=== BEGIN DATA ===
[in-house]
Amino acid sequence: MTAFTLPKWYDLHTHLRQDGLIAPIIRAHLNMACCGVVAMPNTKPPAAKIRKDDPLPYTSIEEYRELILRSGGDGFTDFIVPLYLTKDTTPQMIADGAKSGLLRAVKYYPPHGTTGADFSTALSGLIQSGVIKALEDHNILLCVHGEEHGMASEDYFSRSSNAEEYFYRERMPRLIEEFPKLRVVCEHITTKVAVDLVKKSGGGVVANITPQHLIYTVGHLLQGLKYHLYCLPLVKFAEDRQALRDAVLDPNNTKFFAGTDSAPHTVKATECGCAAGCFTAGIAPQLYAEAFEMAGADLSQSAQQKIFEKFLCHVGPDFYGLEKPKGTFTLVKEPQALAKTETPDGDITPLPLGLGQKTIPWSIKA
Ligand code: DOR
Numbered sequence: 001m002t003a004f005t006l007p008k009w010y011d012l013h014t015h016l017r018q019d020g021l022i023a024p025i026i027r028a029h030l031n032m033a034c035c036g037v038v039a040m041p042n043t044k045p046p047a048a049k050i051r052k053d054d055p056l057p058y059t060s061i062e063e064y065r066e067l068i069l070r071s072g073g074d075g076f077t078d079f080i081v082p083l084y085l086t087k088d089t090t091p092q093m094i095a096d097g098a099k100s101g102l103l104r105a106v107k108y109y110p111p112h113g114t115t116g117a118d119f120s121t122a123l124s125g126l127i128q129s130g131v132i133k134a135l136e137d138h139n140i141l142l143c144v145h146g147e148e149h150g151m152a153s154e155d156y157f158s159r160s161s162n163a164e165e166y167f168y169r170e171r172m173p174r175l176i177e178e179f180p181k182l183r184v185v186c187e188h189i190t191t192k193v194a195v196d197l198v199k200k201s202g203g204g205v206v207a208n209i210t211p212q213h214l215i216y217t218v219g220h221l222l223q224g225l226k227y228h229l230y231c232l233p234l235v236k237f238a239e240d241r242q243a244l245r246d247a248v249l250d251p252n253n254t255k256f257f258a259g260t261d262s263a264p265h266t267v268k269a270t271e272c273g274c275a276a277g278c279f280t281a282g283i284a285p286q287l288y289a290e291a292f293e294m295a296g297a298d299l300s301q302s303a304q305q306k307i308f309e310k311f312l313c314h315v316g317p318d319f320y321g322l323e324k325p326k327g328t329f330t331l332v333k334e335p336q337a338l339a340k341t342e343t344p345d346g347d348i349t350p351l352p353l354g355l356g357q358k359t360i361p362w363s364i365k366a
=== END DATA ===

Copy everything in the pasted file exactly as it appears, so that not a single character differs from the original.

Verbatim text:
[in-house]
Amino acid sequence: MTAFTLPKWYDLHTHLRQDGLIAPIIRAHLNMACCGVVAMPNTKPPAAKIRKDDPLPYTSIEEYRELILRSGGDGFTDFIVPLYLTKDTTPQMIADGAKSGLLRAVKYYPPHGTTGADFSTALSGLIQSGVIKALEDHNILLCVHGEEHGMASEDYFSRSSNAEEYFYRERMPRLIEEFPKLRVVCEHITTKVAVDLVKKSGGGVVANITPQHLIYTVGHLLQGLKYHLYCLPLVKFAEDRQALRDAVLDPNNTKFFAGTDSAPHTVKATECGCAAGCFTAGIAPQLYAEAFEMAGADLSQSAQQKIFEKFLCHVGPDFYGLEKPKGTFTLVKEPQALAKTETPDGDITPLPLGLGQKTIPWSIKA
Ligand code: DOR
Numbered sequence: 001m002t003a004f005t006l007p008k009w010y011d012l013h014t015h016l017r018q019d020g021l022i023a024p025i026i027r028a029h030l031n032m033a034c035c036g037v038v039a040m041p042n043t044k045p046p047a048a049k050i051r052k053d054d055p056l057p058y059t060s061i062e063e064y065r066e067l068i069l070r071s072g073g074d075g076f077t078d079f080i081v082p083l084y085l086t087k088d089t090t091p092q093m094i095a096d097g098a099k100s101g102l103l104r105a106v107k108y109y110p111p112h113g114t115t116g117a118d119f120s121t122a123l124s125g126l127i128q129s130g131v132i133k134a135l136e137d138h139n140i141l142l143c144v145h146g147e148e149h150g151m152a153s154e155d156y157f158s159r160s161s162n163a164e165e166y167f168y169r170e171r172m173p174r175l176i177e178e179f180p181k182l183r184v185v186c187e188h189i190t191t192k193v194a195v196d197l198v199k200k201s202g203g204g205v206v207a208n209i210t211p212q213h214l215i216y217t218v219g220h221l222l223q224g225l226k227y228h229l230y231c232l233p234l235v236k237f238a239e240d241r242q243a244l245r246d247a248v249l250d251p252n253n254t255k256f257f258a259g260t261d262s263a264p265h266t267v268k269a270t271e272c273g274c275a276a277g278c279f280t281a282g283i284a285p286q287l288y289a290e291a292f293e294m295a296g297a298d299l300s301q302s303a304q305q306k307i308f309e310k311f312l313c314h315v316g317p318d319f320y321g322l323e324k325p326k327g328t329f330t331l332v333k334e335p336q337a338l339a340k341t342e343t344p345d346g347d348i349t350p351l352p353l354g355l356g357q358k359t360i361p362w363s364i365k366a